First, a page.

Lesbian, gay, bisexual, and transgender (LGBT) youth are at increased risk for alcohol misuse, but little is known about the psychosocial and demographic factors that are associated with these differences over time. The purpose of this study was to investigate change in alcohol use across development. We aimed to describe group/demographic differences in alcohol use, the effects of psychosocial variables on drinking within persons (i.e., psychological distress, sexual orientation–based victimization, and perceived family support), and the interactions between demographic differences and longitudinal psychosocial variables in predicting rates of alcohol use.
The current study used data from the longest running longitudinal study of LGBT youth. Hierarchical linear modeling was used to examine both demographic differences and psychosocial predictors of alcohol use in an ethnically diverse sample of 246 LGBT youth (ages 16–20 years at baseline) across five time points over 2.5 years.
Drinking increased significantly over time in a linear fashion, although it tended to increase more rapidly among male LGBT youth compared with females. Analyses of group differences revealed lower average rates of drinking for African American and female LGBT youth, and there were no differences between bisexual youth and gay/lesbian youth. Psychological distress and sexual orientation–based victimization were associated with increased alcohol use at each wave of data collection for female LGBT youth only. Perceived family support at each wave was negatively associated with alcohol use for all LGBT youth.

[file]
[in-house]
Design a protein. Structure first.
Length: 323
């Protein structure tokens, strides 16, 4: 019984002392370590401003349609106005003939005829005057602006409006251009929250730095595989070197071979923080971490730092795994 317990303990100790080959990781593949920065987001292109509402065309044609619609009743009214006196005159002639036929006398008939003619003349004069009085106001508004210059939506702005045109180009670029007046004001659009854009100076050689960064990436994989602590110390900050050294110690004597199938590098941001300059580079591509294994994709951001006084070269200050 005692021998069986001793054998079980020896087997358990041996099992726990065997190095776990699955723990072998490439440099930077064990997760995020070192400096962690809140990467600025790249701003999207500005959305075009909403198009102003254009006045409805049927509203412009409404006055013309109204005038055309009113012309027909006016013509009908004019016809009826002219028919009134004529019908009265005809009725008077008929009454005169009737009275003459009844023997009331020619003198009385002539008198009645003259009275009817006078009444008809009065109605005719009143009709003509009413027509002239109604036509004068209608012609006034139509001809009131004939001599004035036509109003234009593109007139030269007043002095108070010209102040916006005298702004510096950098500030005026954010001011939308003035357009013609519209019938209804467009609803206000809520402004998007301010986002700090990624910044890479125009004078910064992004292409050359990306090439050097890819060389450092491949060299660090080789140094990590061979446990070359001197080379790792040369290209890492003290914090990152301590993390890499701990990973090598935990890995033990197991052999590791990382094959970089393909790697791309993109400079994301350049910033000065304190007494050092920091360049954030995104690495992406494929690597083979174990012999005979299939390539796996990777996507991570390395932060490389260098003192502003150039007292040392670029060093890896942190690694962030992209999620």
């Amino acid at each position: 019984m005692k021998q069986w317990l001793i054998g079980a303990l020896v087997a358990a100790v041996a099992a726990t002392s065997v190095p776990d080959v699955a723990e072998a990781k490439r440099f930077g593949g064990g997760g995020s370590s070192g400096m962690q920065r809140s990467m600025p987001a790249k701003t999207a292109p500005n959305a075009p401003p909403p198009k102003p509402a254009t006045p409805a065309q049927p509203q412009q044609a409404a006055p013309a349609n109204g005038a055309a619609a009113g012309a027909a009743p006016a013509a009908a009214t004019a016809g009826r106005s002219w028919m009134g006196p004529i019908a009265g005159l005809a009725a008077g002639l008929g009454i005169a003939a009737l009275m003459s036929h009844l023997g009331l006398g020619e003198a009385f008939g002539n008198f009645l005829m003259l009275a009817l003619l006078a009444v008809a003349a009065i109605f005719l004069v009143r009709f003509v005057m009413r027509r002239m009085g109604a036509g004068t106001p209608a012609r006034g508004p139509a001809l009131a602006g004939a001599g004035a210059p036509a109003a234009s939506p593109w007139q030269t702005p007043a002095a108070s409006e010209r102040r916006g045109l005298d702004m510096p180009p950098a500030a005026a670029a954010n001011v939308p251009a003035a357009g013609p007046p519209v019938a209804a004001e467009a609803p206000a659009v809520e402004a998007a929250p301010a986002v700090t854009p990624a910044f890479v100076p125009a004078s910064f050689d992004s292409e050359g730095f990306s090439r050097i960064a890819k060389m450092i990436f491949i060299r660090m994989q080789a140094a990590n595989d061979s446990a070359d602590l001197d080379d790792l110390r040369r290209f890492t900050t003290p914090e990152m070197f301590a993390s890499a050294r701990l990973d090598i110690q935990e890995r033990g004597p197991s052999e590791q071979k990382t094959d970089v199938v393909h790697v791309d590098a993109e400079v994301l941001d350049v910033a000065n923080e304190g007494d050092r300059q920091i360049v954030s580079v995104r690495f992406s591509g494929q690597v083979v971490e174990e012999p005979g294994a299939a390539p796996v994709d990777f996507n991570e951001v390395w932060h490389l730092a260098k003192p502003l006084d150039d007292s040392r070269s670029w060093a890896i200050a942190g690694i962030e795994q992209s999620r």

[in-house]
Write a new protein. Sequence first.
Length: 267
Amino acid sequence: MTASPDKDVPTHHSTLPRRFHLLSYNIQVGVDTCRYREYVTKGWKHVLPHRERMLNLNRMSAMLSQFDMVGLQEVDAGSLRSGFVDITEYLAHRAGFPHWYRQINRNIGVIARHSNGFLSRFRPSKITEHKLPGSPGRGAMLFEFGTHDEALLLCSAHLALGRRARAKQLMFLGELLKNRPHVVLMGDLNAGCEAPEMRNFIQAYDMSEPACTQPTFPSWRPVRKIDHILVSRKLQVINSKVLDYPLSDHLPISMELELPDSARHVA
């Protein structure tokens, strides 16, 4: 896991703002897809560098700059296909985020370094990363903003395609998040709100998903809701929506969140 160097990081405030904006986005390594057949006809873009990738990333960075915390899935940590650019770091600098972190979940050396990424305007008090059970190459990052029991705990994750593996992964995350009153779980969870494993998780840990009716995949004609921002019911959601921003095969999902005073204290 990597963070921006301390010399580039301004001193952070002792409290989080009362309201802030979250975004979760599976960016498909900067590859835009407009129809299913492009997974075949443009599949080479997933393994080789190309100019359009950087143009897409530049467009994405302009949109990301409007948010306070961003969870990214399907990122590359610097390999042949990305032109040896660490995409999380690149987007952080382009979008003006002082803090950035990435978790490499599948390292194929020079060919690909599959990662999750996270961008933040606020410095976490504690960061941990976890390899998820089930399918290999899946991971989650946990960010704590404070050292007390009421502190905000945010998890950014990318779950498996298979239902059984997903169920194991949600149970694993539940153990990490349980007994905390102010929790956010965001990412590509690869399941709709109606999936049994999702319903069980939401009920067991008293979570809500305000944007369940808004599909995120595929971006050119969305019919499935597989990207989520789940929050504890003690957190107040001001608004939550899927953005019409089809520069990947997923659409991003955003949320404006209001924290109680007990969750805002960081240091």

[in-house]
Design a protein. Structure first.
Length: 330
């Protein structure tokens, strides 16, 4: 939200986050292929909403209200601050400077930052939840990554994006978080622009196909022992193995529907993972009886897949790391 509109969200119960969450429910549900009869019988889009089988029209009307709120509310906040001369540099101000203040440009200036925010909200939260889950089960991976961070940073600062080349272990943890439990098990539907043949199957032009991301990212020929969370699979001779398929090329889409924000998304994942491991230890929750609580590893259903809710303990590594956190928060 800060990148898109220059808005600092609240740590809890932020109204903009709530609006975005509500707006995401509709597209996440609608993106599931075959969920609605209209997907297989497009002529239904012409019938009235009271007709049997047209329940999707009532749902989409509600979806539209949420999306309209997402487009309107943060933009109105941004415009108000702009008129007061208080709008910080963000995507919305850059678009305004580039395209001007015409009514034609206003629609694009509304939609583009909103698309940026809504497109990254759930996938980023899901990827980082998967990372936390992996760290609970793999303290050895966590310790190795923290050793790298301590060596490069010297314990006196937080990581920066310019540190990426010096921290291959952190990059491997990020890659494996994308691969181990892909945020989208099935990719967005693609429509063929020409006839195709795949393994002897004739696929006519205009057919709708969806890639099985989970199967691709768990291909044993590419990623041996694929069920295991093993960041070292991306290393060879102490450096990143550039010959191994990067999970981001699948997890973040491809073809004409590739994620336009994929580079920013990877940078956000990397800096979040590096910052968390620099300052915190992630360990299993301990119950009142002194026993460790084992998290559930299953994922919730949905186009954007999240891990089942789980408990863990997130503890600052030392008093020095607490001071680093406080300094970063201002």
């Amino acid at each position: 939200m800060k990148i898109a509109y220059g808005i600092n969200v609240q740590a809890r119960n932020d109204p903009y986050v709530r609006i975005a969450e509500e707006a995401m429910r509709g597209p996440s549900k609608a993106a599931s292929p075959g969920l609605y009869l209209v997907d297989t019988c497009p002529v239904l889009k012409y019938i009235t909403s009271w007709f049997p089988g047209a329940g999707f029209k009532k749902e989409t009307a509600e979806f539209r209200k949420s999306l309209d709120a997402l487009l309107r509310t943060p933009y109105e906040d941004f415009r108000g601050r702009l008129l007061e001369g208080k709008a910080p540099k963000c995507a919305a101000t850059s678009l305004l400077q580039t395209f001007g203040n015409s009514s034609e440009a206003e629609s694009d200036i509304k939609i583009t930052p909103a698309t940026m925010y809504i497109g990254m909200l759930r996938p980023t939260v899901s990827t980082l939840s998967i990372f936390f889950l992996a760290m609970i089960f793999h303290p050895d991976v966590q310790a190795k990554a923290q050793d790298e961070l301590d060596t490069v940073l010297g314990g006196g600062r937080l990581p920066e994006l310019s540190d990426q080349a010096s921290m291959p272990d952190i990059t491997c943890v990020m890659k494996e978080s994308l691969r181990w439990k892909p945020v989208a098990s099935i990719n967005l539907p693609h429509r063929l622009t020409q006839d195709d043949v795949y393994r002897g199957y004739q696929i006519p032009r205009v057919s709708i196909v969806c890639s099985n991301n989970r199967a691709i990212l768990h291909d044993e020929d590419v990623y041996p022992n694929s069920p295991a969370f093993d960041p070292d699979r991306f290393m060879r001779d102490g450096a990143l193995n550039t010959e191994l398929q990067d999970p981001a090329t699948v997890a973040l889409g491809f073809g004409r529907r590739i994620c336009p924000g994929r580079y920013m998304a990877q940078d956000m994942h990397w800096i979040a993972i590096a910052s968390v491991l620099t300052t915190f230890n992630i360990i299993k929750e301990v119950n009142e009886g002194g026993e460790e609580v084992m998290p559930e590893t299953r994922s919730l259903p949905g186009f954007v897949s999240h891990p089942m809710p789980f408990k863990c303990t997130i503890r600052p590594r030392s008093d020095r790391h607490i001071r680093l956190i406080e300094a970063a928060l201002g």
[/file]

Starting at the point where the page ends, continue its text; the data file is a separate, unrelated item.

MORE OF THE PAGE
Findings indicate that there is significant heterogeneity in the etiological pathways that lead to alcohol use in LGBT youth and that correlates of drinking are similar to those found in general populations. These crucial findings indicate that existing alcohol interventions also may be effective for LGBT youth and open up a wider array of prevention and treatment options for this at-risk population.